Thousands of marijuana convictions out of Contra Costa County will be dismissed as part of a push by the district attorney’s office to abide by the terms of Proposition 64, which decriminalized personal use of cannabis in 2016.
Prosecutors worked with Code for America to cull through thousands of records in order to identify and clear 3,264 marijuana convictions for roughly 2,400 people eligible under the law, according to the Contra Costa County District Attorney’s Office.
Prop. 64 allows anyone 21 years old or older to buy and possess up to 28.5 grams of marijuana and up to 8 grams of “concentrated cannabis.”
In 2018, then-Gov. Jerry Brown signed a law that requires prosecutors to review all marijuana convictions by July 1, 2020 to determine if they are eligible to be dismissed and sealed from public view.
The law requires courts to automatically reduce or dismiss such convictions if prosecutors don’t file a dispute by that same date.
District Attorney Diana Becton said in a news release:
“Far too often old criminal convictions for minor drug offenses can leave a lasting mark on an individual’s life.”
“The removal of these convictions effectively reduces barriers to licensing, education, housing and employment.”
The effort is intended to “address wrongs caused by the failed war on drugs” that disproportionately affected people of color, prosecutors said.
About 36 percent of county residents whose marijuana cases will be dismissed are African-American, 15 percent are Latino, 2 percent are Asian or Pacific Islanders, 45 percent are white and 2 percent are “other” or unknown, prosecutors said.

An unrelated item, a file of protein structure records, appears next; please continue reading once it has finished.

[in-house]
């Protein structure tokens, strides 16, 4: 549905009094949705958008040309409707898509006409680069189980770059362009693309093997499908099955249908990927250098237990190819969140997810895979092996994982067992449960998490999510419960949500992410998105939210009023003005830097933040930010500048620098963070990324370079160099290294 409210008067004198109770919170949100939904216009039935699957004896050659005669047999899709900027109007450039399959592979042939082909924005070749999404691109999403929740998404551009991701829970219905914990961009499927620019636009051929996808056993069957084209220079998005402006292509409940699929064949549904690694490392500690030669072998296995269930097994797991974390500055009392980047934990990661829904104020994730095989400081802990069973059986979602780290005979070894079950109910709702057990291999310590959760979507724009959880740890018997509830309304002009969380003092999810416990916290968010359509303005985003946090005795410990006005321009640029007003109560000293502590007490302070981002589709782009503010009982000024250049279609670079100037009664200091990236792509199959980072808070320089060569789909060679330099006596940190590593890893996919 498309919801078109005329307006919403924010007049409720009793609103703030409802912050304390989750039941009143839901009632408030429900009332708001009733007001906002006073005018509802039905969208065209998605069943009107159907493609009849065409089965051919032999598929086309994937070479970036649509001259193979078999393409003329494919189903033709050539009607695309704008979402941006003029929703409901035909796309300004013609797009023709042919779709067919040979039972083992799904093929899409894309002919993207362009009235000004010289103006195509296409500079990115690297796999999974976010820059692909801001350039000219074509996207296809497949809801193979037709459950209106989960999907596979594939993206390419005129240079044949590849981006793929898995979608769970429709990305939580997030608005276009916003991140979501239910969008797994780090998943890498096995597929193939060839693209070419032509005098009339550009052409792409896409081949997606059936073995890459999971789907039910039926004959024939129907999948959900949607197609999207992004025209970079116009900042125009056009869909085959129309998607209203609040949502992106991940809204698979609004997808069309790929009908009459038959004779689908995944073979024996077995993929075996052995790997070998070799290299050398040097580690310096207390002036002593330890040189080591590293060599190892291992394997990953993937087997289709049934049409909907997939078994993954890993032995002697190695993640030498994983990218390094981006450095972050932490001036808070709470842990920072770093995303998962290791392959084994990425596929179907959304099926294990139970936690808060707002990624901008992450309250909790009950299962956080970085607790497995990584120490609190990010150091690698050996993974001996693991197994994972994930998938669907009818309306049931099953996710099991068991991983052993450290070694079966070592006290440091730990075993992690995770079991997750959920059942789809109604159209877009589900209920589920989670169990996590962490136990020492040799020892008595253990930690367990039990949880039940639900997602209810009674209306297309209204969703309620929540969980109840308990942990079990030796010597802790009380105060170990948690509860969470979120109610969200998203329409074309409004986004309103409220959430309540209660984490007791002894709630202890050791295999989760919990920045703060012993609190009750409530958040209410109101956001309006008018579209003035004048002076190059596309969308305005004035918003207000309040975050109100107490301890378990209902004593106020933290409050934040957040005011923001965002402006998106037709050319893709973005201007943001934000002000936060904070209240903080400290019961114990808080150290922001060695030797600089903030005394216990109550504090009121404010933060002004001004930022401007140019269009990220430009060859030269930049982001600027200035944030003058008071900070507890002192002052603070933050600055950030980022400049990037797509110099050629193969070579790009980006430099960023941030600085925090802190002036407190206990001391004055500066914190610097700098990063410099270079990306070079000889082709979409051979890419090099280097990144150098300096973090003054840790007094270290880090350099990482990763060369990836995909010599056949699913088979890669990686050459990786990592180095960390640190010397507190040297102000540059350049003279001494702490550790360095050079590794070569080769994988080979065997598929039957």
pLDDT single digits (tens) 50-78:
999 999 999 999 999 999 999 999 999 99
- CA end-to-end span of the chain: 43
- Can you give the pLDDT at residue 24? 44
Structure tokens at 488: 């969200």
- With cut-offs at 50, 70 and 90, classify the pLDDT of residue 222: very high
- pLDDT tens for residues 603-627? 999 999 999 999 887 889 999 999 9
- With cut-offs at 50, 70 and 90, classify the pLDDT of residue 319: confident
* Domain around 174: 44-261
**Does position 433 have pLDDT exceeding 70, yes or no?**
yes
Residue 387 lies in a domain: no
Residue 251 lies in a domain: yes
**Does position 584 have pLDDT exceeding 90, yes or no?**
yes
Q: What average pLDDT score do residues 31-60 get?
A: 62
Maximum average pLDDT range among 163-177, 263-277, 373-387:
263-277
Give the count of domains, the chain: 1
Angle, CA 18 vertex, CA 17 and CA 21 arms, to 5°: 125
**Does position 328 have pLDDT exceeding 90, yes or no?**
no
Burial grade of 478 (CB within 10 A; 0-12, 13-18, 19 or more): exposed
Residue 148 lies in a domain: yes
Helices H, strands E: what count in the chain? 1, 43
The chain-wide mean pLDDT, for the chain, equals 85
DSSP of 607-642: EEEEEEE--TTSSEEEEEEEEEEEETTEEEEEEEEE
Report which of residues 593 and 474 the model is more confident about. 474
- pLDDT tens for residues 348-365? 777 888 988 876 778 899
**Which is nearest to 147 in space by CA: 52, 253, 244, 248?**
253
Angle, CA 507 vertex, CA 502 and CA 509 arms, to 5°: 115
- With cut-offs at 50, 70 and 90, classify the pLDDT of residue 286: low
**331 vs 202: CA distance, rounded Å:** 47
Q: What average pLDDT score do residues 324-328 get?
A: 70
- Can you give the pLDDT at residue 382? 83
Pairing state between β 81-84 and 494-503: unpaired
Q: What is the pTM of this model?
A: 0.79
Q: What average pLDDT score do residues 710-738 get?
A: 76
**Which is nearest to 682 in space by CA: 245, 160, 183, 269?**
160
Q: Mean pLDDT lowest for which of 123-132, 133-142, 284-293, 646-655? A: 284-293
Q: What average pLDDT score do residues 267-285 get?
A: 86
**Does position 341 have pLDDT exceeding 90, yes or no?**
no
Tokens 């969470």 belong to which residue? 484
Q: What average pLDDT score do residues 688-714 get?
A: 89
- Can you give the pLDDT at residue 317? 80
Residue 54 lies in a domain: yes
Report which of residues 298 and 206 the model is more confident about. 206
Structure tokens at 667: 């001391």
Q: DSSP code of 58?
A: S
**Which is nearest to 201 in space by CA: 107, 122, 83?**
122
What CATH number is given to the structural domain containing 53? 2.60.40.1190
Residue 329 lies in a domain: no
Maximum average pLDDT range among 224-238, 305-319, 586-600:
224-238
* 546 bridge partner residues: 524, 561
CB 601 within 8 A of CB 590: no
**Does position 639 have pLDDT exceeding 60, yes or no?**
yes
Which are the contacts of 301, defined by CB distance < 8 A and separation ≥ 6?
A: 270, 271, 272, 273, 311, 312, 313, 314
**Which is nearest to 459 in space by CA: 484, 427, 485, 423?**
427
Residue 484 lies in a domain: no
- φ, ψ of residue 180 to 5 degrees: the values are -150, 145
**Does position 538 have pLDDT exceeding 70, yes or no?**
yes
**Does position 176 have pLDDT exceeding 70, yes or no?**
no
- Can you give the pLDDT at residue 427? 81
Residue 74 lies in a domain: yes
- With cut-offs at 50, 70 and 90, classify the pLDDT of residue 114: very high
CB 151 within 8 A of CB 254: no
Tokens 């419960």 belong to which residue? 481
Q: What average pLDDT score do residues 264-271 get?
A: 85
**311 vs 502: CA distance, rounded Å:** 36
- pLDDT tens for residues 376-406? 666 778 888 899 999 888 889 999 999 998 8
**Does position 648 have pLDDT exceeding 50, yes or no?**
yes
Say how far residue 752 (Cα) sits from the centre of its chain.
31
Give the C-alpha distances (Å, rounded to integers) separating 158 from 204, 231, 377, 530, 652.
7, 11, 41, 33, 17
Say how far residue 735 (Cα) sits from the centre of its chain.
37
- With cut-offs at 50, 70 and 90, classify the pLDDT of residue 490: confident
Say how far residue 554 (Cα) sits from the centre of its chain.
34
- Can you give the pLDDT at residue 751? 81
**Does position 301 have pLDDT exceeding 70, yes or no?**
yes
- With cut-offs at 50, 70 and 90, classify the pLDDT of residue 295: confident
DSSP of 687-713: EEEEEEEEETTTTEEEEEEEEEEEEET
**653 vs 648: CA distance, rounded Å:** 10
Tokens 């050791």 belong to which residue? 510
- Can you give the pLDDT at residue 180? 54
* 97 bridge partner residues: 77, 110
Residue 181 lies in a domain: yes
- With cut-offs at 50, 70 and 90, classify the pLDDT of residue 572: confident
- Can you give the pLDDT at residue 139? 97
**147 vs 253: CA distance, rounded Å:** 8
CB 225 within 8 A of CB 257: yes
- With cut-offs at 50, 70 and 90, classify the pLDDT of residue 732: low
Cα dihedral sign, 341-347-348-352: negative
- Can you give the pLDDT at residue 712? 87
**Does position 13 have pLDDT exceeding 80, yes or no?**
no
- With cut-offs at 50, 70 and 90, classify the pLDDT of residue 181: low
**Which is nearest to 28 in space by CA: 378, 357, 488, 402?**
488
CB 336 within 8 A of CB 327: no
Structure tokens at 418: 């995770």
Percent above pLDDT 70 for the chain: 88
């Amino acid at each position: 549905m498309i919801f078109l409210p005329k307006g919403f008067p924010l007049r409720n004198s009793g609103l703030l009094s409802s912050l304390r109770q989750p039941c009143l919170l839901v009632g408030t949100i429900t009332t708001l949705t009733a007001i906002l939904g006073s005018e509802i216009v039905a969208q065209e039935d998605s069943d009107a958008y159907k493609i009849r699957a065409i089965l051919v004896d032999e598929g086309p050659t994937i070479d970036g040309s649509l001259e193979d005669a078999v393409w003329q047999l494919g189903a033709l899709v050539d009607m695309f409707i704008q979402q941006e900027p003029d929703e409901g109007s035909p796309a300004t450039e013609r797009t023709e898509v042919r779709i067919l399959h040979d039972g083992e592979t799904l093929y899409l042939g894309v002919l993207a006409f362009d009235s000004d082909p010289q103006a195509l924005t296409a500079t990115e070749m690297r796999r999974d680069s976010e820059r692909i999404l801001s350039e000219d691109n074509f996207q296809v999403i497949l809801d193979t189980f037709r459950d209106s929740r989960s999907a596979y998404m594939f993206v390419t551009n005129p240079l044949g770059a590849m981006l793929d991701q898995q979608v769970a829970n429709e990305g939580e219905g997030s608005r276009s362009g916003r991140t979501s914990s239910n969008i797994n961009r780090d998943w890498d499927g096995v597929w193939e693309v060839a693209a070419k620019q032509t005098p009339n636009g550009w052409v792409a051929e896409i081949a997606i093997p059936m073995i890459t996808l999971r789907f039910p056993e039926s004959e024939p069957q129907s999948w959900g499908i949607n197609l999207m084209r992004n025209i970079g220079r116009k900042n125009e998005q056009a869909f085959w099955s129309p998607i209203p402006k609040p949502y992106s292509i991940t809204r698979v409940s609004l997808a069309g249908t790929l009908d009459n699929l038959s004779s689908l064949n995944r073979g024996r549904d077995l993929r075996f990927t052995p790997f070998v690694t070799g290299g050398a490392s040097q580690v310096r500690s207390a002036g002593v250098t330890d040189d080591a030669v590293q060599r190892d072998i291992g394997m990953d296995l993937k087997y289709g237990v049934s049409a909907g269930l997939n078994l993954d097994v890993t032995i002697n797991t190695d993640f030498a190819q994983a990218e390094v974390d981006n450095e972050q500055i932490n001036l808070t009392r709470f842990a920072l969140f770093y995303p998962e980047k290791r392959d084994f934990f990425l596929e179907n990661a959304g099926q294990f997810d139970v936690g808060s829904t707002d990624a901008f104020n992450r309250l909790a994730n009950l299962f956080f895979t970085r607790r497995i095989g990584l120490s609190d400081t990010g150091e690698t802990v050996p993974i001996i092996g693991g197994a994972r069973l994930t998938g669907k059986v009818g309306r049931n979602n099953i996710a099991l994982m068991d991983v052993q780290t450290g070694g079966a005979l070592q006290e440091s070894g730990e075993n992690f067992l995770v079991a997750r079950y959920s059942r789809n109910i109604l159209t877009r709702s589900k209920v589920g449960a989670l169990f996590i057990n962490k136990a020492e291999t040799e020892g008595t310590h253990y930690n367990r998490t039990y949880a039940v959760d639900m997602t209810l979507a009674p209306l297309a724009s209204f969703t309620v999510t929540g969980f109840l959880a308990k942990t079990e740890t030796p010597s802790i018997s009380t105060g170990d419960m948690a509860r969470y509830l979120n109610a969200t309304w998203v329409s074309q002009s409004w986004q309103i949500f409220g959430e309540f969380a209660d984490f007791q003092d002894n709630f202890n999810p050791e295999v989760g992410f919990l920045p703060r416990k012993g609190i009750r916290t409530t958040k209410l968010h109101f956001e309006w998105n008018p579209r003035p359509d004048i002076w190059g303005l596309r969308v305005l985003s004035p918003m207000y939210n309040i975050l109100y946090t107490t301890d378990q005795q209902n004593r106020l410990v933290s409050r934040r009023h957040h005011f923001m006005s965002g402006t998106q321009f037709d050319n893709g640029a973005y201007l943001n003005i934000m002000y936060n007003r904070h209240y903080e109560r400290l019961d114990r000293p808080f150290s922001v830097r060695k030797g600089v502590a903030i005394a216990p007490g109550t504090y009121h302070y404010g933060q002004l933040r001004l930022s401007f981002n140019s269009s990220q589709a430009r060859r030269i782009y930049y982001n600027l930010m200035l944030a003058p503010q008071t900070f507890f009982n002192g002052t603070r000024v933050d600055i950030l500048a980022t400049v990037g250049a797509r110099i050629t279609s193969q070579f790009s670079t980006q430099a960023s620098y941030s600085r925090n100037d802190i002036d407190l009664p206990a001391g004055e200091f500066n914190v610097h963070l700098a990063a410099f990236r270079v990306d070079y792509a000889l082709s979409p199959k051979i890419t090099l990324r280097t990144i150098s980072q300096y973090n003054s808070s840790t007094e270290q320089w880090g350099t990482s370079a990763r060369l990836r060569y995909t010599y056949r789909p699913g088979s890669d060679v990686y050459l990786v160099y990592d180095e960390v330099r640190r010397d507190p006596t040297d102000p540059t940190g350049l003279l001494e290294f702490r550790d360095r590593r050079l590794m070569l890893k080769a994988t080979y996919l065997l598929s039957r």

According to data provided on the DA’s website, “531 people will no longer have a felony conviction on their record” as a result of the Proposition 64 dismissals.
Becton said it’s “extremely unlikely” any of the dismissals will result in anyone being released from jail since “these are just not the types of offences that would have received very lengthy sentences.”
“Having one on your record does interfere with a persons ability to move on with their lives.”
Prosecutors used Code for America’s “Clear My Record” technology, which automatically culled through huge amounts of criminal history data from the California Department of Justice going back to about 1970 in mere moments, and saved Becton’s office untold hours of painstaking work.
“I can’t even imagine how many hours it would have taken us to pull together this kind of data.”
Code for America, which donated its time and resources to the county, is a nonprofit organization that works to develop technology solutions to make government more accessible and efficient.
Contra Costa County is the fifth county to work with Code for America to clear marijuana convictions; other counties include San Francisco, Sacramento, San Joaquin and Los Angeles.
While the county doesn’t have a way to contact every individual affected by the dismissals, people can email the Contra Costa County District Attorney’s Office at DA-Prop64@contracostada.org to determine if their records are involved.